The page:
Can Incarceration Debt Be Discharged In Bankruptcy?

12 November 2018
 Categories: , Blog


According to the experts, it costs approximately $31,000 per year to house a prison inmate. To recover some or all of that money, some states have begun charging inmates for their room and board. Unfortunately, this often leads to many people leaving jails and prisons burdened with debt that makes near impossible to successfully reintegrate into society. Luckily, incarceration debt can be successfully discharged in bankruptcy. Here's what you need to know.

The Debt Cannot Be Assessed as a Fine or Penalty

Generally, fines and fees assessed by the court cannot be discharged in bankruptcy because these financial obligations are typically part of the defendant's punishment for the crimes they committed. For instance, DUI fines are levied on drunk drivers to punish them for driving while intoxicated and cannot be discharged because they are part of the defendant's sentence.

However, incarceration fees are neither fines nor penalties. Rather, they are a reimbursement of monies spent housing, feeding, and providing medical care for prisoners. Because these fees are pecuniary in nature, they can be discharged in a bankruptcy case.

It's important to research the laws in your state, though, as well as to read your sentencing report. Your attempt to get incarceration fees discharged may be thwarted by the language in the law regulating them. If the law indicates incarceration fees should be considered part of the inmate's punishment, the fees will be non-dischargeable. Likewise, if the judge or jury decides you should pay your room and board in jail as part of your sentencing, you may be stuck with the debt until it's paid in full.

Other Options for Dealing with Incarceration Debt

It's not the end of the world if your incarceration debt can't be eliminated through bankruptcy. You do have options for dealing with this issue, and the best one for you will depend on your circumstances and finances.

One option is to file for chapter 13 bankruptcy. Dubbed the wage-earner plan, this type of bankruptcy lets you make payments on the debt over a period of 3 to 5 years. Since the automatic stay will be in effect during the entire time your case is active, this can prevent the state from engaging in harmful collection action to acquire the money owed, such as taking your inheritance or tax refunds.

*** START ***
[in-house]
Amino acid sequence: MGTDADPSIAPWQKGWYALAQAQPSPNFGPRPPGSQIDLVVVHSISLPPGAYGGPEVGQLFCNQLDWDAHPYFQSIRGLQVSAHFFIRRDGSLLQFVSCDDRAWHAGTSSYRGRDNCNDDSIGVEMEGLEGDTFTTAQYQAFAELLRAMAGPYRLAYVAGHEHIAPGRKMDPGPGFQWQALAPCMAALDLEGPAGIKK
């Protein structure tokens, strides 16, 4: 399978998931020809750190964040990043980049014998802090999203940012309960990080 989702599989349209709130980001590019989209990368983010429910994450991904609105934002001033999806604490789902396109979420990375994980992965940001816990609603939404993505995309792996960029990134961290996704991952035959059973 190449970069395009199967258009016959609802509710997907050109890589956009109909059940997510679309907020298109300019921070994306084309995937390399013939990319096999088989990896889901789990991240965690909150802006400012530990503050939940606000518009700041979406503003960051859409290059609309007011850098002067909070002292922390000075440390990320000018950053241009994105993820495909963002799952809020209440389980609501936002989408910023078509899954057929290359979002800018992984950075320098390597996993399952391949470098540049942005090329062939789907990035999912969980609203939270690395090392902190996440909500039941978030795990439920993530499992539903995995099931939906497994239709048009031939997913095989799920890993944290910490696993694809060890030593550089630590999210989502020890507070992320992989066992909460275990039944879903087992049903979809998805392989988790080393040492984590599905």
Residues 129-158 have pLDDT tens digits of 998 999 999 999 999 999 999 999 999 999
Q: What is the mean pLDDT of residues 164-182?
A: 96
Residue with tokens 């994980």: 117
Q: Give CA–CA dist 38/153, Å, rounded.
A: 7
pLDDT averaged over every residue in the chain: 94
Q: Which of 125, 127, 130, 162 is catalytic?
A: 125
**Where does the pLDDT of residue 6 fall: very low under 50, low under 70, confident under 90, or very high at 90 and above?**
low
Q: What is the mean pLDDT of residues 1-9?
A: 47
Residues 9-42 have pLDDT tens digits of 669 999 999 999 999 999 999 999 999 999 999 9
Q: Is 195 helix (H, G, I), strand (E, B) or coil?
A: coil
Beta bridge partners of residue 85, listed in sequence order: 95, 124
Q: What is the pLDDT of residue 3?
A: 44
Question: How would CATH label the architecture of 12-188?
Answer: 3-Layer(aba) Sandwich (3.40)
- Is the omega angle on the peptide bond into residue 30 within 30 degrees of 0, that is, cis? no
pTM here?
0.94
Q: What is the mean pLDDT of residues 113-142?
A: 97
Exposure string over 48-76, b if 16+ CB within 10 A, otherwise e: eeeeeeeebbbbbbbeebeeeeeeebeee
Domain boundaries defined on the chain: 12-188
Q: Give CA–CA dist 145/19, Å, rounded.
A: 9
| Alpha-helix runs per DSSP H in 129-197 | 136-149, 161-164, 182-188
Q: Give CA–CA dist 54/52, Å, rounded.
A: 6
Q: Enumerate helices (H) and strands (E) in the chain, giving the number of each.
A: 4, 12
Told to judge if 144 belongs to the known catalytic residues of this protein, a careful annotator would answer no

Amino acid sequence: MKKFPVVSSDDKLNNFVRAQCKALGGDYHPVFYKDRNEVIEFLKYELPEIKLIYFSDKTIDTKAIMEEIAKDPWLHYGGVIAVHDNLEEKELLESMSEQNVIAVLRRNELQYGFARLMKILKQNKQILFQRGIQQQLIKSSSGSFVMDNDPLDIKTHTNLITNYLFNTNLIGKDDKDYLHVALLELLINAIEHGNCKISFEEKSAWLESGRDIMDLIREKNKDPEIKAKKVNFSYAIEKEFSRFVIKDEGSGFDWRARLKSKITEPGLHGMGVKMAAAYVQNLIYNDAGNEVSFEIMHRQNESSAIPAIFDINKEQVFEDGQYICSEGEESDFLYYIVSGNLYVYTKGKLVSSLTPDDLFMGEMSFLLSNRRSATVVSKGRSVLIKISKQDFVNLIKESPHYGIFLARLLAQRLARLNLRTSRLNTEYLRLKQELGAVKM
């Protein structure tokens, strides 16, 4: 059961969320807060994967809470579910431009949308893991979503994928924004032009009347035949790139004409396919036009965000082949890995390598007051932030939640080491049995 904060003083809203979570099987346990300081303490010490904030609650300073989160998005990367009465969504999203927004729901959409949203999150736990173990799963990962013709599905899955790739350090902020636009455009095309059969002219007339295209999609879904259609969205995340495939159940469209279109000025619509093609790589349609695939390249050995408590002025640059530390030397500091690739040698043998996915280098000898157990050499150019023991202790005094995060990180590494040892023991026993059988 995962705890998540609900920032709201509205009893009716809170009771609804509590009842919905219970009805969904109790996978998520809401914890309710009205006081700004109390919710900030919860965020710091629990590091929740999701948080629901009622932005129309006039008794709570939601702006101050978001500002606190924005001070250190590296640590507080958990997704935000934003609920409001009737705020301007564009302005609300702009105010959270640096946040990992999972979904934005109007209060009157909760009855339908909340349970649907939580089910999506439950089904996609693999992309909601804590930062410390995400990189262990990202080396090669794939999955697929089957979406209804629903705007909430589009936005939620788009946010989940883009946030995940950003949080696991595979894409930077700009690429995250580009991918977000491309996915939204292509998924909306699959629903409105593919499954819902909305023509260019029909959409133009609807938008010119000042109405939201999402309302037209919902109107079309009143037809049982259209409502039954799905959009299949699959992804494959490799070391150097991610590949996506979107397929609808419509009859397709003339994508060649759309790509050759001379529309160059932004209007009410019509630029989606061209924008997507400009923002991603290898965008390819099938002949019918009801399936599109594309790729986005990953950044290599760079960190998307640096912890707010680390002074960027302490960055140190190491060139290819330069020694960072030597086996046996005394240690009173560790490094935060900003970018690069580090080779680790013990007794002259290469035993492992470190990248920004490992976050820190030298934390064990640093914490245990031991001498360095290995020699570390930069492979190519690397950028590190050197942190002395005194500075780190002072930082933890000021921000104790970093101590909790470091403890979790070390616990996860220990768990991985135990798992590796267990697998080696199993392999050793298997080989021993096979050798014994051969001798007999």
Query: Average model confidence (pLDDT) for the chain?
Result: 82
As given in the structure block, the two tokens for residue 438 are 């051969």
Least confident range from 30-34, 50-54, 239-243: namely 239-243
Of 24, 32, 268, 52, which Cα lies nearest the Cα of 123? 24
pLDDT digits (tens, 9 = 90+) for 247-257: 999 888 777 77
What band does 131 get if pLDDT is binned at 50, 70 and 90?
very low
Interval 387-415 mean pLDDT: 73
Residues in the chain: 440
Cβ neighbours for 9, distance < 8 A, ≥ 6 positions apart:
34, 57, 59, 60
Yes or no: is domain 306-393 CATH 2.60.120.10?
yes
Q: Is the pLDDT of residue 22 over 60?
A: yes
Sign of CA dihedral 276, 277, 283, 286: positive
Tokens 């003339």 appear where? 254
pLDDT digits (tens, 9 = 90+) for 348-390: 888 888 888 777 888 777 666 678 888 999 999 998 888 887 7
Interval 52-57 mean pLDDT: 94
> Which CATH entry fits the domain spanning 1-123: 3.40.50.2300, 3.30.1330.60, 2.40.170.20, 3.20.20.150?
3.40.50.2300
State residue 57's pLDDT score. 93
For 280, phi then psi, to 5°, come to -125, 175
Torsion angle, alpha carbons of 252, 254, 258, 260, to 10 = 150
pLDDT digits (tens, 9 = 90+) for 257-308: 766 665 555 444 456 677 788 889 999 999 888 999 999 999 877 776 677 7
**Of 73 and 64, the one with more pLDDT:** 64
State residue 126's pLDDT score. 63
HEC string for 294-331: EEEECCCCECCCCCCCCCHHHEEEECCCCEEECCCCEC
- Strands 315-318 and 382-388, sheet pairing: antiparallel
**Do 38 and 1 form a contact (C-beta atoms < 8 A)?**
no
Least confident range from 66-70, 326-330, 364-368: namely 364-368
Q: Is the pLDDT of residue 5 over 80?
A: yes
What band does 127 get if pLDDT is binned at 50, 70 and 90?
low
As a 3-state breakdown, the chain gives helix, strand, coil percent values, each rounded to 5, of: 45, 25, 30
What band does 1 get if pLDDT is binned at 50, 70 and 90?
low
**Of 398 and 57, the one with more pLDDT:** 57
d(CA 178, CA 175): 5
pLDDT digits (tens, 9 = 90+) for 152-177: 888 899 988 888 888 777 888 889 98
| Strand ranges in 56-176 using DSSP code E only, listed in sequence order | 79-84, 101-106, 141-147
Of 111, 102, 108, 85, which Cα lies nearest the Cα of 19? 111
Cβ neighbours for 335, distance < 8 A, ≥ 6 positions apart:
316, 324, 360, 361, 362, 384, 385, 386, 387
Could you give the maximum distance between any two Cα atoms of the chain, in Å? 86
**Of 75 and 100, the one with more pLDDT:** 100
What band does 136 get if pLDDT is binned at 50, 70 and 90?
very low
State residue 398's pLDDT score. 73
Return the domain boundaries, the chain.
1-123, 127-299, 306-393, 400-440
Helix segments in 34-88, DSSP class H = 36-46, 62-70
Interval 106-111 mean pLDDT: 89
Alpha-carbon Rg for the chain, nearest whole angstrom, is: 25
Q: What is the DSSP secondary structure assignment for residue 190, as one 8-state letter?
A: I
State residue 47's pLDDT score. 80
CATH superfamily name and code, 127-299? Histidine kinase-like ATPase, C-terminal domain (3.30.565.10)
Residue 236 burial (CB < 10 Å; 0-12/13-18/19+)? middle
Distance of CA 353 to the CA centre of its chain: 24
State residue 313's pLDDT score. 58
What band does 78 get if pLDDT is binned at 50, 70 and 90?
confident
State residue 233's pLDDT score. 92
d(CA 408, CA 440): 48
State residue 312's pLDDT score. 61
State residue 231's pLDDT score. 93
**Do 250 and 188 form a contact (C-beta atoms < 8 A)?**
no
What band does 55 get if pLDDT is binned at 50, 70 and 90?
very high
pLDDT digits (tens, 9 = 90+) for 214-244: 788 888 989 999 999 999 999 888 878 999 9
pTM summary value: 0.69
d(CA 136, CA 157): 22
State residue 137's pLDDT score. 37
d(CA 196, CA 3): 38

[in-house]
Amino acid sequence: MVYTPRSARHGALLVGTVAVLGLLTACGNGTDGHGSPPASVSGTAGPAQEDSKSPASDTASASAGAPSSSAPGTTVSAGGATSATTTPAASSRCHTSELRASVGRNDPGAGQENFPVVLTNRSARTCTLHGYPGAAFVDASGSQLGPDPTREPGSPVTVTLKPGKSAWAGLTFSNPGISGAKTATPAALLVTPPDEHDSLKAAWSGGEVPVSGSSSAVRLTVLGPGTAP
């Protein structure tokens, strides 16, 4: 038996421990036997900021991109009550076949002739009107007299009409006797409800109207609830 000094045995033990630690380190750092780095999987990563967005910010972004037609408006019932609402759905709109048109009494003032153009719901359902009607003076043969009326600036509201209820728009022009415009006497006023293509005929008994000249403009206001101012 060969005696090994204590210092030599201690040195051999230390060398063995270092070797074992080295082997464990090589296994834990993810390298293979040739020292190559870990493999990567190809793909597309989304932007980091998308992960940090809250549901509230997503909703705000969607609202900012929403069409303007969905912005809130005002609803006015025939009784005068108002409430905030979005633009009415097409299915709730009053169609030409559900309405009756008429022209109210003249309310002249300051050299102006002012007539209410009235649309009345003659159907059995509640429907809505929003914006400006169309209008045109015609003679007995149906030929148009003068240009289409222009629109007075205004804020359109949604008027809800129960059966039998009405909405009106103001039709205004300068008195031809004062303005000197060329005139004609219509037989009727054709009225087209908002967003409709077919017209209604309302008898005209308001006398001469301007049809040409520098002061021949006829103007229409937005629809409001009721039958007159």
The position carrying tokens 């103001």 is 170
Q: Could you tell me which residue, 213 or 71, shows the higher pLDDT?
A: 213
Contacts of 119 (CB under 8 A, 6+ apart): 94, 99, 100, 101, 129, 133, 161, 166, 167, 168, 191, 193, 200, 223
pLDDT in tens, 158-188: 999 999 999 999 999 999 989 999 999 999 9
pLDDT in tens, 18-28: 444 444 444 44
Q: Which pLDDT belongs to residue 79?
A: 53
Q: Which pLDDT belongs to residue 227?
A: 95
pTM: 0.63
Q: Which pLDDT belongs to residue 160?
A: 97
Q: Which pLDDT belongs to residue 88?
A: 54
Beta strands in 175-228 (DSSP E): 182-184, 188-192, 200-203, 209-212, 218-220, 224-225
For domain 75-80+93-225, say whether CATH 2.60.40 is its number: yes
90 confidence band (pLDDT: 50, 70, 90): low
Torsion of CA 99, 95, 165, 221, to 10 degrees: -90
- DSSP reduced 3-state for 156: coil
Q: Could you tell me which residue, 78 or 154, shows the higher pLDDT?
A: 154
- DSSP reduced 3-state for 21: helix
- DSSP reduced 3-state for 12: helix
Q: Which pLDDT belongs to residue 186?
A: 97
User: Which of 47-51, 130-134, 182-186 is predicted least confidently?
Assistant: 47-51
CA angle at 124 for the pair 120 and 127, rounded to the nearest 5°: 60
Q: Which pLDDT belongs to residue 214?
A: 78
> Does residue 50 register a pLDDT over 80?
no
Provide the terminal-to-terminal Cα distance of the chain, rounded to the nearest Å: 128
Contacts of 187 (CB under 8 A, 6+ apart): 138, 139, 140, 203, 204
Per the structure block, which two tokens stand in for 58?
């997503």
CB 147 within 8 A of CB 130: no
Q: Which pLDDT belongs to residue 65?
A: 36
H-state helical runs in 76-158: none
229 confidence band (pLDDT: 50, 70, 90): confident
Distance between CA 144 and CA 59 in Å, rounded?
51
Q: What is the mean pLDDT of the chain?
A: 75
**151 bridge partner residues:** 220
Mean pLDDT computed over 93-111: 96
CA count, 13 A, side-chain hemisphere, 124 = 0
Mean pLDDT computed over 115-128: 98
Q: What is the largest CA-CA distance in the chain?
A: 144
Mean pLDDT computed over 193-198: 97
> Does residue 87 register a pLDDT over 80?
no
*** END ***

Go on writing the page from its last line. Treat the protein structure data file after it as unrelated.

In some cases, any remaining balance left on the debt when your chapter 13 bankruptcy ends may be discharged, meaning you won't have to continue paying on the debt once the case closes. Again, though, this may depend on how the law defines incarceration debt, so you should consult with a bankruptcy attorney for help determining whether your debt will be eligible.

The other option is to follow through with filing a chapter 7 bankruptcy and eliminating as much of your other debt as possible, which will free up money you can use to pay your incarceration bill. For instance, credit card balances and installment loans are dischargeable in bankruptcy. Thus, the payments you were making on these debts can be used to pay off the bill the state sends you for the time you spent in jail or prison.

Lastly, you can file a chapter 20 (i.e. chapter 7 followed by a chapter 13). This is a good option for dealing with a large bill (e.g. tens of thousands of dollars). You'll eliminate excess debt through the chapter 7 and get extra time to pay the bill without being hounded by the state via the chapter 13.

There may be other ways to deal with this particular debt. It's best to consult with a bankruptcy attorney or law firm, such as Phoenix Law, for advice on your options.